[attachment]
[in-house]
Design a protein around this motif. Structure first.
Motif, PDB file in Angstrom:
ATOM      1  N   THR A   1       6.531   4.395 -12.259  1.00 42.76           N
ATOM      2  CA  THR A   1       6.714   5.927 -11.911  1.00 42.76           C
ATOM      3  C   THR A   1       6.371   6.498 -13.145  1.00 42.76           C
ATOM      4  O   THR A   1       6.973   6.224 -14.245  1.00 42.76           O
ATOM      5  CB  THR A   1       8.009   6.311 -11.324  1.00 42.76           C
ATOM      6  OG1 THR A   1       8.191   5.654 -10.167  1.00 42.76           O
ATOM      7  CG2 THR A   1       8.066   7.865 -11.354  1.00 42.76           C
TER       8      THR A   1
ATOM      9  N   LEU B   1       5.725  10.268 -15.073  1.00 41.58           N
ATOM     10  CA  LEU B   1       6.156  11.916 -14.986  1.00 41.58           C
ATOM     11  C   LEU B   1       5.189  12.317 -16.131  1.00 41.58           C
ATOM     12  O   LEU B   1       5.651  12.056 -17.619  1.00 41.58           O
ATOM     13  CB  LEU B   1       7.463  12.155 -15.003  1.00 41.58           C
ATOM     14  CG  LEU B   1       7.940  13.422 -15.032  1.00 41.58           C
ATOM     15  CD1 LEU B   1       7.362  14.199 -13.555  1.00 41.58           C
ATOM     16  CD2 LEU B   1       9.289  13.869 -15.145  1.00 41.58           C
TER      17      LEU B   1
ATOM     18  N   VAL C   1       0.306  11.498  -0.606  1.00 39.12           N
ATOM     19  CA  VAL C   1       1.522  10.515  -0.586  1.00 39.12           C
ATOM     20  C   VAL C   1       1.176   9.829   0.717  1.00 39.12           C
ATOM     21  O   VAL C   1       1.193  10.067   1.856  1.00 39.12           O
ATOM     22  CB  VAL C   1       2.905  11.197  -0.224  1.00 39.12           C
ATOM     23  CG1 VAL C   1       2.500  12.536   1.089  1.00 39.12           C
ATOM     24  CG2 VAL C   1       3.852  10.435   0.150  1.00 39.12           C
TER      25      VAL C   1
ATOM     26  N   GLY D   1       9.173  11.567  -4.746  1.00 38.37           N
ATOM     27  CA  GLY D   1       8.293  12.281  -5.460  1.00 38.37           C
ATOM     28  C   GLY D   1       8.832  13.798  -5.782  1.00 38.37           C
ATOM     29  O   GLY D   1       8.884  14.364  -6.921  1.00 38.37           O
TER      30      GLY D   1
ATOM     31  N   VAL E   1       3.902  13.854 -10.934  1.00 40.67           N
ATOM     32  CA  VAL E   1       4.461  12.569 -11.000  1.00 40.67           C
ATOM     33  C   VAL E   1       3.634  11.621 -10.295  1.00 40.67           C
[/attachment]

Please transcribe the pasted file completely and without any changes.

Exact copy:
[in-house]
Design a protein around this motif. Structure first.
Motif, PDB file in Angstrom:
ATOM      1  N   THR A   1       6.531   4.395 -12.259  1.00 42.76           N
ATOM      2  CA  THR A   1       6.714   5.927 -11.911  1.00 42.76           C
ATOM      3  C   THR A   1       6.371   6.498 -13.145  1.00 42.76           C
ATOM      4  O   THR A   1       6.973   6.224 -14.245  1.00 42.76           O
ATOM      5  CB  THR A   1       8.009   6.311 -11.324  1.00 42.76           C
ATOM      6  OG1 THR A   1       8.191   5.654 -10.167  1.00 42.76           O
ATOM      7  CG2 THR A   1       8.066   7.865 -11.354  1.00 42.76           C
TER       8      THR A   1
ATOM      9  N   LEU B   1       5.725  10.268 -15.073  1.00 41.58           N
ATOM     10  CA  LEU B   1       6.156  11.916 -14.986  1.00 41.58           C
ATOM     11  C   LEU B   1       5.189  12.317 -16.131  1.00 41.58           C
ATOM     12  O   LEU B   1       5.651  12.056 -17.619  1.00 41.58           O
ATOM     13  CB  LEU B   1       7.463  12.155 -15.003  1.00 41.58           C
ATOM     14  CG  LEU B   1       7.940  13.422 -15.032  1.00 41.58           C
ATOM     15  CD1 LEU B   1       7.362  14.199 -13.555  1.00 41.58           C
ATOM     16  CD2 LEU B   1       9.289  13.869 -15.145  1.00 41.58           C
TER      17      LEU B   1
ATOM     18  N   VAL C   1       0.306  11.498  -0.606  1.00 39.12           N
ATOM     19  CA  VAL C   1       1.522  10.515  -0.586  1.00 39.12           C
ATOM     20  C   VAL C   1       1.176   9.829   0.717  1.00 39.12           C
ATOM     21  O   VAL C   1       1.193  10.067   1.856  1.00 39.12           O
ATOM     22  CB  VAL C   1       2.905  11.197  -0.224  1.00 39.12           C
ATOM     23  CG1 VAL C   1       2.500  12.536   1.089  1.00 39.12           C
ATOM     24  CG2 VAL C   1       3.852  10.435   0.150  1.00 39.12           C
TER      25      VAL C   1
ATOM     26  N   GLY D   1       9.173  11.567  -4.746  1.00 38.37           N
ATOM     27  CA  GLY D   1       8.293  12.281  -5.460  1.00 38.37           C
ATOM     28  C   GLY D   1       8.832  13.798  -5.782  1.00 38.37           C
ATOM     29  O   GLY D   1       8.884  14.364  -6.921  1.00 38.37           O
TER      30      GLY D   1
ATOM     31  N   VAL E   1       3.902  13.854 -10.934  1.00 40.67           N
ATOM     32  CA  VAL E   1       4.461  12.569 -11.000  1.00 40.67           C
ATOM     33  C   VAL E   1       3.634  11.621 -10.295  1.00 40.67           C